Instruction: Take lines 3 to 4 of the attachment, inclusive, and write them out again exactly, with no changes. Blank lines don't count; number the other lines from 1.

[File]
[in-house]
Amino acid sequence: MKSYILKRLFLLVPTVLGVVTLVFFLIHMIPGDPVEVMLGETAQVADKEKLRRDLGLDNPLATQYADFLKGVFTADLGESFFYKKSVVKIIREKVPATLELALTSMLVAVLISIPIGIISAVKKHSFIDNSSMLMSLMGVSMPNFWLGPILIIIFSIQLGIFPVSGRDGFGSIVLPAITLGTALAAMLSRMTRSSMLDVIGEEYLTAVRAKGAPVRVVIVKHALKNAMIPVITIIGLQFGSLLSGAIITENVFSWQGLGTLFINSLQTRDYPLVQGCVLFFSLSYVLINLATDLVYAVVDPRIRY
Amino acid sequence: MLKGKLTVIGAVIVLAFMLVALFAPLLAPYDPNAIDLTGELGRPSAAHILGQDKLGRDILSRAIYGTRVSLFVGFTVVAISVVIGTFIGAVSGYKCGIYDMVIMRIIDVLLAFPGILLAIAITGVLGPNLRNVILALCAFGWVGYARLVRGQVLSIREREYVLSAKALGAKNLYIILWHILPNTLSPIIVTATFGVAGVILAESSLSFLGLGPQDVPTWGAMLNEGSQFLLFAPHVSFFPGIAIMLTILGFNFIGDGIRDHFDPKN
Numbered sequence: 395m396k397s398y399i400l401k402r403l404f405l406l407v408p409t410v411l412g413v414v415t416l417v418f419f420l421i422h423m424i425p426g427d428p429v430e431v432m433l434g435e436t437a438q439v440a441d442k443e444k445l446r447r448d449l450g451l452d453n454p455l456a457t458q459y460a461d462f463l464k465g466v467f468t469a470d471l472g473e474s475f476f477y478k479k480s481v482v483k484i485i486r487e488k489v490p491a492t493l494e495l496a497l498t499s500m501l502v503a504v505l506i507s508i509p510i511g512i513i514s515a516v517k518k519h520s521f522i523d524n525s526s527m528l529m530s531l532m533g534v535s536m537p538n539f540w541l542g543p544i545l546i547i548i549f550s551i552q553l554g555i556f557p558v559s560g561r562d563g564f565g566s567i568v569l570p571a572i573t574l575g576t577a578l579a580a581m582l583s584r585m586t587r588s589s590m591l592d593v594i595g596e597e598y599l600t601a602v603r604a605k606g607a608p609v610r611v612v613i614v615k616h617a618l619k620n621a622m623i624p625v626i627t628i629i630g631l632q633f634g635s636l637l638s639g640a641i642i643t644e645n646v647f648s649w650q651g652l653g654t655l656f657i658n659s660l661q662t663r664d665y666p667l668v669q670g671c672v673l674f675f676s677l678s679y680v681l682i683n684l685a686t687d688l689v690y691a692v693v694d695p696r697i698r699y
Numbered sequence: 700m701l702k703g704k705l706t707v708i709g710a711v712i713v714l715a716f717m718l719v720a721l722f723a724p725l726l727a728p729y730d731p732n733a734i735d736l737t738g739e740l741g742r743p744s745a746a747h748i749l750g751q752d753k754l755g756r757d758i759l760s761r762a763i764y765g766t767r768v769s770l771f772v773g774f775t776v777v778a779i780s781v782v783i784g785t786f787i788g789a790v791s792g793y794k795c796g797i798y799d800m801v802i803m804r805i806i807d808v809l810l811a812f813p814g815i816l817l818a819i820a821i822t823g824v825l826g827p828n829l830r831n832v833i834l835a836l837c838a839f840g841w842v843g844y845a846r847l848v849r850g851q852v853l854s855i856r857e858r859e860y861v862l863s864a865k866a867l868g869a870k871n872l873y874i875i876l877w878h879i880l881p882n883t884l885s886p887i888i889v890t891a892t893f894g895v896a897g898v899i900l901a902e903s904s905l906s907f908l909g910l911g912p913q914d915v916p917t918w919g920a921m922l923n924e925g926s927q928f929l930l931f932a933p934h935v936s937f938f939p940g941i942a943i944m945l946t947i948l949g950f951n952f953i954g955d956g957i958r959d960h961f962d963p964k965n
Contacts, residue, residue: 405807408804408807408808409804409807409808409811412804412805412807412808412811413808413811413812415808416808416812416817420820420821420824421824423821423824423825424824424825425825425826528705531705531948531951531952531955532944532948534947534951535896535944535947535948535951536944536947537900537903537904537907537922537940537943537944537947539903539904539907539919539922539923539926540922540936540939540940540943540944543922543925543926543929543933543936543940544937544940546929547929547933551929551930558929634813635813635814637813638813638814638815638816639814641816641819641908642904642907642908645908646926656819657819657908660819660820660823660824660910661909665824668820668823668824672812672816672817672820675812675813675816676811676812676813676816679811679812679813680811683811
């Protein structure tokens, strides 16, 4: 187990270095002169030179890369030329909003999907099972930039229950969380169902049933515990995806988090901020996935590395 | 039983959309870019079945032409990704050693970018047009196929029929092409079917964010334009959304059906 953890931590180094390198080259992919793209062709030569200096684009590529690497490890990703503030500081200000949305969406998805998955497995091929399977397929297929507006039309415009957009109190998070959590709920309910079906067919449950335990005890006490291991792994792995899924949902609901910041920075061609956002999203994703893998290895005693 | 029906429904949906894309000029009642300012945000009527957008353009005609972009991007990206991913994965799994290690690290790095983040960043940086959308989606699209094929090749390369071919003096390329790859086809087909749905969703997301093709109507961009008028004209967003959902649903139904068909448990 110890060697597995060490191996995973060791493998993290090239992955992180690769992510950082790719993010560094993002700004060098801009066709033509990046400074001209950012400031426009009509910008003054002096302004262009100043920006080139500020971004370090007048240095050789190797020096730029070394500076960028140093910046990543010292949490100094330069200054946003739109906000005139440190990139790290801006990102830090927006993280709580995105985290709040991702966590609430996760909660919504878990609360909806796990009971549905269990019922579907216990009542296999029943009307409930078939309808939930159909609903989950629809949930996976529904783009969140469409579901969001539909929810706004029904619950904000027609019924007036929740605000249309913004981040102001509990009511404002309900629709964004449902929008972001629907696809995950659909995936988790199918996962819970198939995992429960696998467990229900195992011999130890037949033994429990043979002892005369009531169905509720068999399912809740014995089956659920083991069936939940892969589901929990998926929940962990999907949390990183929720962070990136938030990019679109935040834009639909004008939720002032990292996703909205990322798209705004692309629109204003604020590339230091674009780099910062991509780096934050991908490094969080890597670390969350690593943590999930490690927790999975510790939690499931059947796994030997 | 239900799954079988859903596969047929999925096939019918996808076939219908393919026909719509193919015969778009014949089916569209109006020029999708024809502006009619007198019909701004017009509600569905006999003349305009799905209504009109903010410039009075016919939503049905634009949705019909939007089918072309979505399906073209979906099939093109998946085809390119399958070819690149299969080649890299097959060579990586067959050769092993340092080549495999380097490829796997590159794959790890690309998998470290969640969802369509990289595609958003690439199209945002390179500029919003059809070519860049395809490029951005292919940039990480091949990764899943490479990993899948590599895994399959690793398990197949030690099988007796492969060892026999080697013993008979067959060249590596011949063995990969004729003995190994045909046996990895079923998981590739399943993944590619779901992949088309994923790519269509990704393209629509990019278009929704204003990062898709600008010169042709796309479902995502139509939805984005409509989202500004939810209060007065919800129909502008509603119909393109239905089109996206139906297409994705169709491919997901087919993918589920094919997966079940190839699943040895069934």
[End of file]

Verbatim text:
Amino acid sequence: MLKGKLTVIGAVIVLAFMLVALFAPLLAPYDPNAIDLTGELGRPSAAHILGQDKLGRDILSRAIYGTRVSLFVGFTVVAISVVIGTFIGAVSGYKCGIYDMVIMRIIDVLLAFPGILLAIAITGVLGPNLRNVILALCAFGWVGYARLVRGQVLSIREREYVLSAKALGAKNLYIILWHILPNTLSPIIVTATFGVAGVILAESSLSFLGLGPQDVPTWGAMLNEGSQFLLFAPHVSFFPGIAIMLTILGFNFIGDGIRDHFDPKN
Numbered sequence: 395m396k397s398y399i400l401k402r403l404f405l406l407v408p409t410v411l412g413v414v415t416l417v418f419f420l421i422h423m424i425p426g427d428p429v430e431v432m433l434g435e436t437a438q439v440a441d442k443e444k445l446r447r448d449l450g451l452d453n454p455l456a457t458q459y460a461d462f463l464k465g466v467f468t469a470d471l472g473e474s475f476f477y478k479k480s481v482v483k484i485i486r487e488k489v490p491a492t493l494e495l496a497l498t499s500m501l502v503a504v505l506i507s508i509p510i511g512i513i514s515a516v517k518k519h520s521f522i523d524n525s526s527m528l529m530s531l532m533g534v535s536m537p538n539f540w541l542g543p544i545l546i547i548i549f550s551i552q553l554g555i556f557p558v559s560g561r562d563g564f565g566s567i568v569l570p571a572i573t574l575g576t577a578l579a580a581m582l583s584r585m586t587r588s589s590m591l592d593v594i595g596e597e598y599l600t601a602v603r604a605k606g607a608p609v610r611v612v613i614v615k616h617a618l619k620n621a622m623i624p625v626i627t628i629i630g631l632q633f634g635s636l637l638s639g640a641i642i643t644e645n646v647f648s649w650q651g652l653g654t655l656f657i658n659s660l661q662t663r664d665y666p667l668v669q670g671c672v673l674f675f676s677l678s679y680v681l682i683n684l685a686t687d688l689v690y691a692v693v694d695p696r697i698r699y